No more Hussain, no more Warne, no more Rhodes; how empty the world seems. No doubt this tournament will mark the end of the road for others. Waqar and Wasim Akram cannot expect to continue long and Allan Donald is also near the T-junction of his career.

I don't suppose we will see umpire Shepherd in the World Cup again either; more's the pity. Shep is a nice man, quietly passionate about cricket, helpful, appreciative and always ready to chat about the game. When I was trying to make my way in this game he once said a few words to me that enabled me to push ahead; I owe him a big debt.

The truth about cricket is that it is full of people like Shep: doing their job effectively, considering how their actions will impact on those around them and determined that the game will not lose its good name.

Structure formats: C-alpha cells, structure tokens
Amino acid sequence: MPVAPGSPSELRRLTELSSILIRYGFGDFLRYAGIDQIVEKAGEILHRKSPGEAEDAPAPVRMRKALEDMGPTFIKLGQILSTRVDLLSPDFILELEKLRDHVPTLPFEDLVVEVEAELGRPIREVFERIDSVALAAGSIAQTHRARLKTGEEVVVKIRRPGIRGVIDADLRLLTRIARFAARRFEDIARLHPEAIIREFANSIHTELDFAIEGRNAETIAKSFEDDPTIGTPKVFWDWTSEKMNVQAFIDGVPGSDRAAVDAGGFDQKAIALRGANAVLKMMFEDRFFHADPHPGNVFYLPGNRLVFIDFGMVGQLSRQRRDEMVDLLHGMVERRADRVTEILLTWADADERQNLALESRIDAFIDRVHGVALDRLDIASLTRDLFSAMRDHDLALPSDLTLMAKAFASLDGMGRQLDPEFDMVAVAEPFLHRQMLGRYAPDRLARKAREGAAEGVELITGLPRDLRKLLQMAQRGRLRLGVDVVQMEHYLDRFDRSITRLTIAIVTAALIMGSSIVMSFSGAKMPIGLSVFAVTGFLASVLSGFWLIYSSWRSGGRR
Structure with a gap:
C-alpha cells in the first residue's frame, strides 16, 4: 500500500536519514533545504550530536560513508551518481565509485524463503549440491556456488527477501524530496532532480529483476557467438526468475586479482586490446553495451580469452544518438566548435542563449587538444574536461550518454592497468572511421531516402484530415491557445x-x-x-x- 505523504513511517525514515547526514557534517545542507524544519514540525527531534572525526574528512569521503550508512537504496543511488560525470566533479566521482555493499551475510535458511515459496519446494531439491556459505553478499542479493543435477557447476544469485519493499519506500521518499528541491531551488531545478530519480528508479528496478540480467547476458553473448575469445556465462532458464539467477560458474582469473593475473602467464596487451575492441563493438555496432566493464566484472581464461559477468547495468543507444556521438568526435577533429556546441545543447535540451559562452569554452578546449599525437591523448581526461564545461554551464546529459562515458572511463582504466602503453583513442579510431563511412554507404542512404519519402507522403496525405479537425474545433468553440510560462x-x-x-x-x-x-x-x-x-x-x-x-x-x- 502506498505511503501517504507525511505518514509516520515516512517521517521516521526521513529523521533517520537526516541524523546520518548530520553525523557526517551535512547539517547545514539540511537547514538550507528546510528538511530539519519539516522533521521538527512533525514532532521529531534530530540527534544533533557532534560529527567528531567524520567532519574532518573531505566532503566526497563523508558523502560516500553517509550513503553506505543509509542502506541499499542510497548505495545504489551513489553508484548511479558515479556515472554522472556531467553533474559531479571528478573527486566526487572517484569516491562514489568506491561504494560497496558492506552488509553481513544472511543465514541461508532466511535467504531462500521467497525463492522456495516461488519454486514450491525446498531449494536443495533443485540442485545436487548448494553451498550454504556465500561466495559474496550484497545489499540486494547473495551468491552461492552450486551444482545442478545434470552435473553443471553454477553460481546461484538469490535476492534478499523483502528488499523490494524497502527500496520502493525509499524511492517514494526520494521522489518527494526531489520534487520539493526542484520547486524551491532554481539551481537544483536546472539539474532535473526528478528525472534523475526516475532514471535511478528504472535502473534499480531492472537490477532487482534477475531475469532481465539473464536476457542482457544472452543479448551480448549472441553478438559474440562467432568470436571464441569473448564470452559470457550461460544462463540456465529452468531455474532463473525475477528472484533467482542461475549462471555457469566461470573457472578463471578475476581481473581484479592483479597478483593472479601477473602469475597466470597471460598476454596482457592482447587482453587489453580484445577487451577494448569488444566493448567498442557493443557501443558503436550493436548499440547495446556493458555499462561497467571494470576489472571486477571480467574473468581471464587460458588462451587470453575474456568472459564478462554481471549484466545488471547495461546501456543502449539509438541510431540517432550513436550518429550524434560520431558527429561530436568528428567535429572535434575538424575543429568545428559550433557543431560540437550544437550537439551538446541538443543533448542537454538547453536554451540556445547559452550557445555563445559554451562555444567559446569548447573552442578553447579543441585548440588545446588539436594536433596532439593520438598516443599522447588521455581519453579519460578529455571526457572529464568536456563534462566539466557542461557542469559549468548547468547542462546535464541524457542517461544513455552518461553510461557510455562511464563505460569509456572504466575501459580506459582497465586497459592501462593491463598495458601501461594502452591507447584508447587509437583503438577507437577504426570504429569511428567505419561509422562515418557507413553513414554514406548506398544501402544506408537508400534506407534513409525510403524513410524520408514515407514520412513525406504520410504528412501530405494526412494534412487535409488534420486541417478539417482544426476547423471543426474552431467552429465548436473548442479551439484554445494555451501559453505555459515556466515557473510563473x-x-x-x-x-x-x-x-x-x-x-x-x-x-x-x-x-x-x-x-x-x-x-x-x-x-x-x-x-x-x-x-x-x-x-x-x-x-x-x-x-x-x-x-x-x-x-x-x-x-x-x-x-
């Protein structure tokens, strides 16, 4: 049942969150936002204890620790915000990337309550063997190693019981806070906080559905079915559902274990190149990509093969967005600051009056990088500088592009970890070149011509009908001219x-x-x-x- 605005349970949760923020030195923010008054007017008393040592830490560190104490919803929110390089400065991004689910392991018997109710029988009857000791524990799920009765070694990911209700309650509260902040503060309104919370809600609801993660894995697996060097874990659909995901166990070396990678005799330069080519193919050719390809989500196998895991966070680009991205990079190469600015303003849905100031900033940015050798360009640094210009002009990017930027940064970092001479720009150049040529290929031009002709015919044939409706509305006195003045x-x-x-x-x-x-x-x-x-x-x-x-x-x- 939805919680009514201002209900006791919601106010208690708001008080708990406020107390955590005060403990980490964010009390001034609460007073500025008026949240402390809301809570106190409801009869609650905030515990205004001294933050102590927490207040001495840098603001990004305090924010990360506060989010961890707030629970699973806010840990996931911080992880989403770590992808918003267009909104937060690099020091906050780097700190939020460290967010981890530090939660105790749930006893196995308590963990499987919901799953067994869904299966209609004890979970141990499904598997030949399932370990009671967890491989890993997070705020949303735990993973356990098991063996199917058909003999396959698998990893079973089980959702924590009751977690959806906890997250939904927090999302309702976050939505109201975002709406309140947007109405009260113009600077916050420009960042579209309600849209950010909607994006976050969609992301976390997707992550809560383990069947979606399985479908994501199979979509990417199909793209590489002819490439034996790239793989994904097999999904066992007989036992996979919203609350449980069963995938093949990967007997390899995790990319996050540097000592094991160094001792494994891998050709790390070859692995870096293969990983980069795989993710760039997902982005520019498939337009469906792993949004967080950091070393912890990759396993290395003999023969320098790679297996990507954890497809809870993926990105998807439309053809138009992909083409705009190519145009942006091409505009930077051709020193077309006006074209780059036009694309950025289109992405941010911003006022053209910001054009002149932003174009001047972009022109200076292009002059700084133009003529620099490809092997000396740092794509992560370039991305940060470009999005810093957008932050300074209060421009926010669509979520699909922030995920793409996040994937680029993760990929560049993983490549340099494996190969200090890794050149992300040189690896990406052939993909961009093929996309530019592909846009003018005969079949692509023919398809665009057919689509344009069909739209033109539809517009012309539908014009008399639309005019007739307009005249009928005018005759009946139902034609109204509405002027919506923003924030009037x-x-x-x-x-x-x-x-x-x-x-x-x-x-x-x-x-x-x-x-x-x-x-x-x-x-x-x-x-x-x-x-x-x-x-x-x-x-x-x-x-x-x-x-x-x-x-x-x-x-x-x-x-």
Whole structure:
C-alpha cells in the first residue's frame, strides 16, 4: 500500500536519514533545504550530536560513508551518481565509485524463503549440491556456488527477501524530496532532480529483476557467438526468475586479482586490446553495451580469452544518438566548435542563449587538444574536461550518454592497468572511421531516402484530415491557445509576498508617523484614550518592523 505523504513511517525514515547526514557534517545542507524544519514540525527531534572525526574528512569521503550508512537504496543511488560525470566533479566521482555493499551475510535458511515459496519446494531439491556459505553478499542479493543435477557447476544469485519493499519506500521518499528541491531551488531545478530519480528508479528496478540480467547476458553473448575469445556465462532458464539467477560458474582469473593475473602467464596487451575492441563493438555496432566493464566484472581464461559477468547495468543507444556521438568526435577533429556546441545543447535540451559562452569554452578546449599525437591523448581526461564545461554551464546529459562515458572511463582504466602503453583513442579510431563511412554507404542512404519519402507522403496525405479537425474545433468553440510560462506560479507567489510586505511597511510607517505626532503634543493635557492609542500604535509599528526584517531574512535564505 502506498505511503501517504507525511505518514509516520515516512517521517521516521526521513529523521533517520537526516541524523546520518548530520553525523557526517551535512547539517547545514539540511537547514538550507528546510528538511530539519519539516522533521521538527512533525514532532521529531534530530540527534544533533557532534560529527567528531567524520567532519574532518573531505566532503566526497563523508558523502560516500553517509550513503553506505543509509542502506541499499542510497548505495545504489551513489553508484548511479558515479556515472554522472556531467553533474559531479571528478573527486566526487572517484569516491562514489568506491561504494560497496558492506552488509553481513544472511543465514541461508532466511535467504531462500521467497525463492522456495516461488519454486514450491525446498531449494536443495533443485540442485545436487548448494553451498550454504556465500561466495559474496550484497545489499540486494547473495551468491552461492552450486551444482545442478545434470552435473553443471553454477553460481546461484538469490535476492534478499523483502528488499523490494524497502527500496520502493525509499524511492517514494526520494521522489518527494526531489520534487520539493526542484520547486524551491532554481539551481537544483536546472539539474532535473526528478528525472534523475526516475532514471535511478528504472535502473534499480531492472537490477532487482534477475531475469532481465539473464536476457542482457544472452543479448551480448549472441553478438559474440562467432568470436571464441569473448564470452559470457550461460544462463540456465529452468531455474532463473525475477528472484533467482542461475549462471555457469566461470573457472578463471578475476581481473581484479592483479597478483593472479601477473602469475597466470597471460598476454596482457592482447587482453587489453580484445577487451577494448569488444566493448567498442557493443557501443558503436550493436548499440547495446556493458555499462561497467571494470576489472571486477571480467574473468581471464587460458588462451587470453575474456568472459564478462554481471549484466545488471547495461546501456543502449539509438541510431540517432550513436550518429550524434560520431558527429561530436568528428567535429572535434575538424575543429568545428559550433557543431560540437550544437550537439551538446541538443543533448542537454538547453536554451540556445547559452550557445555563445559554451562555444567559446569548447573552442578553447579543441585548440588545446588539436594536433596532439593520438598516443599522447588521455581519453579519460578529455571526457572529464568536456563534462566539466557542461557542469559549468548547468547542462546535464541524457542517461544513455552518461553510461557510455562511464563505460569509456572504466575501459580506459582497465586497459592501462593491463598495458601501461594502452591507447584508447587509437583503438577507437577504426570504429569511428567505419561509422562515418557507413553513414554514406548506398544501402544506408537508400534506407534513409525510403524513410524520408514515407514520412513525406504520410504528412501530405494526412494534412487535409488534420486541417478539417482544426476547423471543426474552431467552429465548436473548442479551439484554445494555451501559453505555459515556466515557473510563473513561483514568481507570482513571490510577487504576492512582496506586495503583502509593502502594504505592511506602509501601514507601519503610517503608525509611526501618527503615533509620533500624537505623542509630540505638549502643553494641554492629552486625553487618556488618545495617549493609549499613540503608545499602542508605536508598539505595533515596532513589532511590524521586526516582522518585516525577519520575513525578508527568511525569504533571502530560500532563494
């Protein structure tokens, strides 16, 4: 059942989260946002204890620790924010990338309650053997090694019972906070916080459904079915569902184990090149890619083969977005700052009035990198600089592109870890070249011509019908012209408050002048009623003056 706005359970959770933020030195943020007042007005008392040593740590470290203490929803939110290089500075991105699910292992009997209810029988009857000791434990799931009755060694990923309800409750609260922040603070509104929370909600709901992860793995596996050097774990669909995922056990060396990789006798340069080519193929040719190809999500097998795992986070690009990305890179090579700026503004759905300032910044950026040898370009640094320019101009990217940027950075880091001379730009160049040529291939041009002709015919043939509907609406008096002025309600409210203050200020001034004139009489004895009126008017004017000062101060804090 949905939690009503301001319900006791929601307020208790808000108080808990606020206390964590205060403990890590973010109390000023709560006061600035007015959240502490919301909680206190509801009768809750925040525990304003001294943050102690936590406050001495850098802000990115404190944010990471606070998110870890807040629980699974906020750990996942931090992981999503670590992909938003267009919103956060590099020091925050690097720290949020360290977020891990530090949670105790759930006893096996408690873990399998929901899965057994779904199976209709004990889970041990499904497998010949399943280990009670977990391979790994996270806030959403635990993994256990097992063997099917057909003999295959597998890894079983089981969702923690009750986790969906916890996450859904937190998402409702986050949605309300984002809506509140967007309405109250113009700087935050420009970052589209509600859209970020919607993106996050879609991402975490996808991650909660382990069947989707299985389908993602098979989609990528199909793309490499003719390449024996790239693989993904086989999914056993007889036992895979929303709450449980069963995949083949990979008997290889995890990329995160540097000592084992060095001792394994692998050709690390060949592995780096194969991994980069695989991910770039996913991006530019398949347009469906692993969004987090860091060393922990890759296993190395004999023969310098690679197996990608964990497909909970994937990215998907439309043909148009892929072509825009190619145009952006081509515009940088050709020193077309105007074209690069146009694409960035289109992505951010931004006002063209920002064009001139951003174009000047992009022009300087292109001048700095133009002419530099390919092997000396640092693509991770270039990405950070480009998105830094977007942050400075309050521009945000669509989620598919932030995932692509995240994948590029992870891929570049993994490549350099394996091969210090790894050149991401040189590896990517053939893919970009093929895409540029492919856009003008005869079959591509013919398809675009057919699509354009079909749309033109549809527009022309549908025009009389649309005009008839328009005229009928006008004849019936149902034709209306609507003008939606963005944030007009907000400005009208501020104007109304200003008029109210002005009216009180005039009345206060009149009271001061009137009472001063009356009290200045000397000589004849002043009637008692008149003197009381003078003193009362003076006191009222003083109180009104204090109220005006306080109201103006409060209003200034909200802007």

Cricket is also the better for the human bravery of Henry Olonga and Andy Flower in telling it the way it is in Zimbabwe and risking their freedom as they spoke.

It has a higher rating for the courage in a sporting sense of the New Zealanders who lost their first match to Sri Lanka and then showed their steely determination by coming back hard against West Indies and South Africa.

They went to South Africa believing they could win the trophy and, led by Stephen Fleming, the best captain of the dozen in the World Cup, have iced the World Cup cake for all of us, whether we are on the sunny slopes of Johannesburg or watching from a centrally heated lounge in mid-winter.